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ERIC Number: EJ810640
Record Type: Journal
Publication Date: 2008
Pages: 22
Abstractor: ERIC
Reference Count: 41
ISSN: ISSN-0737-5328
Beyond Assessment: Performance Assessments in Teacher Education
Chung, Ruth R.
Teacher Education Quarterly, v35 n1 p7-28 Win 2008
Over the last decade, teacher performance assessments (TPAs) have begun to find appeal in the context of teacher education programs and teacher licensing for their innovative ways of assessing teacher knowledge and skills but primarily for their potential to promote teacher learning and reflective teaching. Studies of preservice teachers who have completed a TPA, portfolio assessments in particular, have examined learning outcomes for teachers and have generally found positive effects on their learning. In 1998, the state of California passed legislation (SB2042) that would require teacher candidates enrolled in credential programs to successfully complete a teaching performance assessment to obtain a preliminary teaching credential. Programs had two options: they could administer the TPA designed by the state in consultation with the Education Testing Service (ETS), or develop their own TPAs, provided they met the state's Assessment Quality Standards. This study was conducted as part of an investigation of the Performance Assessment for California Teachers (PACT), an alternative performance assessment designed and piloted in the spring of 2003 by a consortium of preservice teacher preparation programs throughout the state (all of which are post-baccalaureate programs with lengths ranging from two semesters to two years). Understanding that high-stakes assessments ultimately drive instruction and learning, these programs opted to create and pilot their own performance assessment that was designed to be an authentic representation of teaching and to also reflect their program values and goals. This article provided a timely opportunity to examine the impact of a performance assessment on preservice teacher learning and teaching practice as well as the assessment's contribution to teacher education programs. Drawing on case studies of two teacher candidates who participated in the first year (2002-03) pilot of the PACT at one campus, this study disentangles what teacher candidates reported learning from completing the elementary teaching event from other sources of learning in their credential program, examines the way the learning and teaching contexts in which teacher candidates completed the assessment affected their learning experiences, and corroborates teacher self-report with observational data and evidence from lesson debriefs. A focus group and data from two surveys provide for greater generalizability of the findings and a comparison of the experiences of teacher candidates at one campus to those of candidates across campuses. (Contains 2 tables and 6 notes.)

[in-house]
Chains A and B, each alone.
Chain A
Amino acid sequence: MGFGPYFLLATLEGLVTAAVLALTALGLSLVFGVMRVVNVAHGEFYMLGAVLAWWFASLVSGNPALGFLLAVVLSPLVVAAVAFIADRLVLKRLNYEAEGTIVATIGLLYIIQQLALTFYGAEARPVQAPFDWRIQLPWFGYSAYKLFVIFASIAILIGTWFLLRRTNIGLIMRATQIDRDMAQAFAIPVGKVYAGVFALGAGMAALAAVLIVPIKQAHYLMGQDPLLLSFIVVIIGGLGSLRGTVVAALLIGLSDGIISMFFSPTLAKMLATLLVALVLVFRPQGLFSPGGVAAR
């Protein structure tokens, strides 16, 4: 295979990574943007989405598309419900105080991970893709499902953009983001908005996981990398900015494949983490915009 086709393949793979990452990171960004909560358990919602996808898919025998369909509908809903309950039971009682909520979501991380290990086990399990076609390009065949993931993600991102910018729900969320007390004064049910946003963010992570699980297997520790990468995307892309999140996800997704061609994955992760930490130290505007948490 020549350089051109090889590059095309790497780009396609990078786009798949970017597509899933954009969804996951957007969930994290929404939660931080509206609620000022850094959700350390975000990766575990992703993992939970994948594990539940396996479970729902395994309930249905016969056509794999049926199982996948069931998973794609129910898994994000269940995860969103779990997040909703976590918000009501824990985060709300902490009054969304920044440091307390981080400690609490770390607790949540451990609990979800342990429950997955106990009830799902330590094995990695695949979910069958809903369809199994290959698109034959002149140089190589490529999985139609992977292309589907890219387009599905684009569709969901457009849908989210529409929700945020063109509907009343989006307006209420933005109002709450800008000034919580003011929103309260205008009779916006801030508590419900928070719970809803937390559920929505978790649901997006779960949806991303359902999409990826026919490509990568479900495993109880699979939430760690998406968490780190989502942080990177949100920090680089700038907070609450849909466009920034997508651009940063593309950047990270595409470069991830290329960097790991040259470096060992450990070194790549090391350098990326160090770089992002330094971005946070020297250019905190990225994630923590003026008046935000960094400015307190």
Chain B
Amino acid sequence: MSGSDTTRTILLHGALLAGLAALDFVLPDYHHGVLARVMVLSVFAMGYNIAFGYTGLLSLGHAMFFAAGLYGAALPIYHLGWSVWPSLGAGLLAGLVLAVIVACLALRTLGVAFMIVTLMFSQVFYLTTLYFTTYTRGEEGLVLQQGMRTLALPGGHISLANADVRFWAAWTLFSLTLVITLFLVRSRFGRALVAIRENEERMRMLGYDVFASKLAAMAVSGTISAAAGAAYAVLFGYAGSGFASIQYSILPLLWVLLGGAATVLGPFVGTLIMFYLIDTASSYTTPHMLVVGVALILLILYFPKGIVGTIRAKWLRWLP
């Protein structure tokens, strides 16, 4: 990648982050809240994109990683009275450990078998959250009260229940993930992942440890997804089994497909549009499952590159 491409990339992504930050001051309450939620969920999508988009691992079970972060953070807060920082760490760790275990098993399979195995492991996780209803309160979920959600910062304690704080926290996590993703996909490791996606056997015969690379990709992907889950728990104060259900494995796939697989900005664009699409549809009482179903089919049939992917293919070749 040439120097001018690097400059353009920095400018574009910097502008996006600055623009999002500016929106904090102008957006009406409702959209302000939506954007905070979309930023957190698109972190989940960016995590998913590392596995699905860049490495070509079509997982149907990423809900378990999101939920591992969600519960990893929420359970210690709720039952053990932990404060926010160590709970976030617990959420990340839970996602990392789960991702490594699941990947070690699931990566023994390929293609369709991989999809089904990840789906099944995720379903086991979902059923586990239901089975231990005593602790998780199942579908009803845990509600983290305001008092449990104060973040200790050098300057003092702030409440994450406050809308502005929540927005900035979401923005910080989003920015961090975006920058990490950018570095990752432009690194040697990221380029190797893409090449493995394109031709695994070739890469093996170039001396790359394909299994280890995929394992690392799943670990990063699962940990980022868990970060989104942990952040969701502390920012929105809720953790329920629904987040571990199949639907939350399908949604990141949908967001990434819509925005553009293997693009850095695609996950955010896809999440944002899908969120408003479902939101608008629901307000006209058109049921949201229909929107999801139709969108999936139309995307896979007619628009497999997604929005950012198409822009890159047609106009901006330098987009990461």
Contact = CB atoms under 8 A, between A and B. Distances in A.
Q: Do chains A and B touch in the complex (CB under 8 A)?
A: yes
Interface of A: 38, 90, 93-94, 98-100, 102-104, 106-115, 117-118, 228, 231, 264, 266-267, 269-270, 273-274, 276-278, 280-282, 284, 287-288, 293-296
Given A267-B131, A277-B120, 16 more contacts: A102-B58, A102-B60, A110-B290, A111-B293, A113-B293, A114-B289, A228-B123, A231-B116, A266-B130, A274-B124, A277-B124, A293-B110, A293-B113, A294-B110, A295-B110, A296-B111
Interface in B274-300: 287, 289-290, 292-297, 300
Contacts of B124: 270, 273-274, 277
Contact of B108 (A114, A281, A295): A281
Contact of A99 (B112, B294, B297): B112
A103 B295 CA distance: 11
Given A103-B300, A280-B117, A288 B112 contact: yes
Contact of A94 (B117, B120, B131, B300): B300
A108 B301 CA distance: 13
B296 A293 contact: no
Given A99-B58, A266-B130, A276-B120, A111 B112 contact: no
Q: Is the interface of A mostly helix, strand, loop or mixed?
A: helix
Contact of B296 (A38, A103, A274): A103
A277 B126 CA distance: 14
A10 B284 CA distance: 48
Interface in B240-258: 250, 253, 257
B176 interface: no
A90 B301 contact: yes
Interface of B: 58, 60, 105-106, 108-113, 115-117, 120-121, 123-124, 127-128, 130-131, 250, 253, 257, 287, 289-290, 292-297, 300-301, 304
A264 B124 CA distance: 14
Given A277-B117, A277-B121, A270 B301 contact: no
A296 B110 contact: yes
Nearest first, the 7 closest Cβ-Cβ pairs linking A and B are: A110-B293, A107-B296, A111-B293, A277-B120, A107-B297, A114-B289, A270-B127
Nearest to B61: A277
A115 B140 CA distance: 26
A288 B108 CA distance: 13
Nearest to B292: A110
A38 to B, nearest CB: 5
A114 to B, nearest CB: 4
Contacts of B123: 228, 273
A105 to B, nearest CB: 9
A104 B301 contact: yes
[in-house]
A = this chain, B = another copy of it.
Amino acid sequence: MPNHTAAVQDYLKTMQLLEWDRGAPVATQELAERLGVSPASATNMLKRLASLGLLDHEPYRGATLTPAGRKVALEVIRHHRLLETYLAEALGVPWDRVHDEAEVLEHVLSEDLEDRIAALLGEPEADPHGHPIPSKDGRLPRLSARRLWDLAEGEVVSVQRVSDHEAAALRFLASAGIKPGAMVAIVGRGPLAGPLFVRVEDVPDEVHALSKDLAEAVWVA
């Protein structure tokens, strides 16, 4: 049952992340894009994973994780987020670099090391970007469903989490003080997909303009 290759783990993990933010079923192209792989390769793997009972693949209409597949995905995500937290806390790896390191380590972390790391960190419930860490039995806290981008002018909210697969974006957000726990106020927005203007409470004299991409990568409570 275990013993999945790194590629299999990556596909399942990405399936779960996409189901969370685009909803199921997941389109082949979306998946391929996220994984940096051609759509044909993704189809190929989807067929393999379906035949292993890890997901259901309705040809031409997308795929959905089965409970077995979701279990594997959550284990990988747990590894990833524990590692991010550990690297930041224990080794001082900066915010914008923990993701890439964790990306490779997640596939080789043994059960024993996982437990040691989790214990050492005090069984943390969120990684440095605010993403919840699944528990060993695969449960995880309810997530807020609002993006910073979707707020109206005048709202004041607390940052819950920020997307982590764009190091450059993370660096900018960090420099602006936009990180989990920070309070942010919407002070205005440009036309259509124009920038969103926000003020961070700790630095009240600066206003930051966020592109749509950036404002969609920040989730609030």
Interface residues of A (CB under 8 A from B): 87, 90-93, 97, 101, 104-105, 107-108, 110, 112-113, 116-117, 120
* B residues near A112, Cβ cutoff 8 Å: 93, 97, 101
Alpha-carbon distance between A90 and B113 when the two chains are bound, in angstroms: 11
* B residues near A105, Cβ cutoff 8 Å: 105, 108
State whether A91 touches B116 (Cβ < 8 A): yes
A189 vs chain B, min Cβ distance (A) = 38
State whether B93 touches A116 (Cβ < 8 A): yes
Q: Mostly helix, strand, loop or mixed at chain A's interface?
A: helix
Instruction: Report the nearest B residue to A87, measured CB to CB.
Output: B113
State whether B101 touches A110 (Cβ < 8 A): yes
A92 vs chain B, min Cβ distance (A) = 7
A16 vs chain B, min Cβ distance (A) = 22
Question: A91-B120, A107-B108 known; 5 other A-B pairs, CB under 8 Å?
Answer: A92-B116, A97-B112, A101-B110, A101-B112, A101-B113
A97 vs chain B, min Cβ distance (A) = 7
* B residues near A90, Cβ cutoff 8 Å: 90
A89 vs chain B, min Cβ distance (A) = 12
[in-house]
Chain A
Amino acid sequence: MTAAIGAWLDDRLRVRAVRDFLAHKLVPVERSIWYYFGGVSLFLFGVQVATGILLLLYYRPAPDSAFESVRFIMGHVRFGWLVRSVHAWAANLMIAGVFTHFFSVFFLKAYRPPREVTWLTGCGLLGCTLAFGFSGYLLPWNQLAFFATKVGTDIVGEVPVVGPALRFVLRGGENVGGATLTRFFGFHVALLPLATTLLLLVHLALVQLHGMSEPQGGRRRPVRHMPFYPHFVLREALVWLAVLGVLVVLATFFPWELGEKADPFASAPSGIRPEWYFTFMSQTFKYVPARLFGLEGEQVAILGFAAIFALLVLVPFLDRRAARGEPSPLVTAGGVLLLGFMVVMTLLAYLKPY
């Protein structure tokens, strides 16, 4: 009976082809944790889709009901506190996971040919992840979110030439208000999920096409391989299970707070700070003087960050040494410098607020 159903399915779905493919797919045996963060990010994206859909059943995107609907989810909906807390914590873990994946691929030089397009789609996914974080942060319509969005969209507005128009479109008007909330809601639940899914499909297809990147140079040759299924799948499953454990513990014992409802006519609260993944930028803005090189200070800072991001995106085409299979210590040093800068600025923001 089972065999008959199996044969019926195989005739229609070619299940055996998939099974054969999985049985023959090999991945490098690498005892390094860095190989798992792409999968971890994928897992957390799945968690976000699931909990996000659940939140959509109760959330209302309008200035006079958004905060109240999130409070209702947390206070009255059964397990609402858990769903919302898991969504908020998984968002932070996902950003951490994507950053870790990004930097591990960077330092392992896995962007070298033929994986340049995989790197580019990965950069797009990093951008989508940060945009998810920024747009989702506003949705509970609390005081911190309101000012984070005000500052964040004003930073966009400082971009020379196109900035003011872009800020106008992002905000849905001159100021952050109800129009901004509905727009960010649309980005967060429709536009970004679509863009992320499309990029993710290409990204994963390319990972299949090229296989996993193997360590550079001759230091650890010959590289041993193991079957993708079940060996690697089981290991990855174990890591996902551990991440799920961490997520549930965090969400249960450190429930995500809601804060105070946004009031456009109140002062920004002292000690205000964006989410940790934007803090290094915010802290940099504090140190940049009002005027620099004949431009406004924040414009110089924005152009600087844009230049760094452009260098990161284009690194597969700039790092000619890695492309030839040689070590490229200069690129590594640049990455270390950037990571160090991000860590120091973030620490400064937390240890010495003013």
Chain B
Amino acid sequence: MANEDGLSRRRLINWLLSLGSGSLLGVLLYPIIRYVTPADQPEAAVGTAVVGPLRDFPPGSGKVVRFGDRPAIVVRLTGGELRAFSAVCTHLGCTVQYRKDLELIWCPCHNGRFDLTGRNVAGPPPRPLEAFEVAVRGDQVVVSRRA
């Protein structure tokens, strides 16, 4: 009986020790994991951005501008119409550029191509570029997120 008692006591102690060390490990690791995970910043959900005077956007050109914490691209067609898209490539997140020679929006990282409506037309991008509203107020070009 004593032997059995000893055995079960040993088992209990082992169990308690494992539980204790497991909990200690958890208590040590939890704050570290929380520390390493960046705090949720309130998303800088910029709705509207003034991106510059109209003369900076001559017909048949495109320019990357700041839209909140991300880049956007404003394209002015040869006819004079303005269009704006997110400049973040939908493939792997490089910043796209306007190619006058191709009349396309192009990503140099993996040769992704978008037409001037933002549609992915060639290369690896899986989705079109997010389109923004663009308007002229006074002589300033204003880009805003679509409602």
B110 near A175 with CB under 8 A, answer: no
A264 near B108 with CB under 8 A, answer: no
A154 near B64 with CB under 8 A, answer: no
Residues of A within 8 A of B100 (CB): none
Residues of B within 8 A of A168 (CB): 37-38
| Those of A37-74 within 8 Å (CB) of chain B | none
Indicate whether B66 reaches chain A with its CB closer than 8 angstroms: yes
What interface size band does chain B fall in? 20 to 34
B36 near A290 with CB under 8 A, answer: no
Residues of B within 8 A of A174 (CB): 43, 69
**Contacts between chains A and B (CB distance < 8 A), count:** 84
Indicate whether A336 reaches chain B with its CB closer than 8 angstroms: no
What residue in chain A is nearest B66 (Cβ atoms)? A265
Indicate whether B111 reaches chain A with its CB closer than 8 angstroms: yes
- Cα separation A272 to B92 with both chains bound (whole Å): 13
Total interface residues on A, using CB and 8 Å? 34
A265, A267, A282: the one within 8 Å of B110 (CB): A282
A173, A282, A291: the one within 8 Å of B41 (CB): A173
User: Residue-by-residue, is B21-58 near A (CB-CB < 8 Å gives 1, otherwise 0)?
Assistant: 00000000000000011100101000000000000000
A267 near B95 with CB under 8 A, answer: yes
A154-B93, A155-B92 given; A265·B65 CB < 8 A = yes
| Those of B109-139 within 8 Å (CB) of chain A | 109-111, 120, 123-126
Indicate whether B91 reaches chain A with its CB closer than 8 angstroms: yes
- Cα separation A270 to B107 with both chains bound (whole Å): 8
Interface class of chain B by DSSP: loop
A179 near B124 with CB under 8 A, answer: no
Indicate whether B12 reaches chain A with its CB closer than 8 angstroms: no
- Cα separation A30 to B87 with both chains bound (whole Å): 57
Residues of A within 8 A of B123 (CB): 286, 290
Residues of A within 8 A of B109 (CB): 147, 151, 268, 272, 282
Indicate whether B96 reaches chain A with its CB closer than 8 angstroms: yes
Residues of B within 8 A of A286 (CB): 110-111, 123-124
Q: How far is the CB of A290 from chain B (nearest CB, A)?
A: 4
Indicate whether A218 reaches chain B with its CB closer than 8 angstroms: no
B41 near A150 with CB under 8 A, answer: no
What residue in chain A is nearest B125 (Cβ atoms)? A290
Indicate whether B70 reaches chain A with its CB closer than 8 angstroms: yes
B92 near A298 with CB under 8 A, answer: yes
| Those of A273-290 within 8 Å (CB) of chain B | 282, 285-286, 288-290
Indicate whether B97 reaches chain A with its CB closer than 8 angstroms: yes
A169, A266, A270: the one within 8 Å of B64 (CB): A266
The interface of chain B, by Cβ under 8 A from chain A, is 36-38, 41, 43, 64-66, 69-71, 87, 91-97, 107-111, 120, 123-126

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Publication Type: Journal Articles; Reports - Research
Education Level: Higher Education; Postsecondary Education
Audience: Teachers
Language: English
Sponsor: N/A
Authoring Institution: N/A
Identifiers - Location: California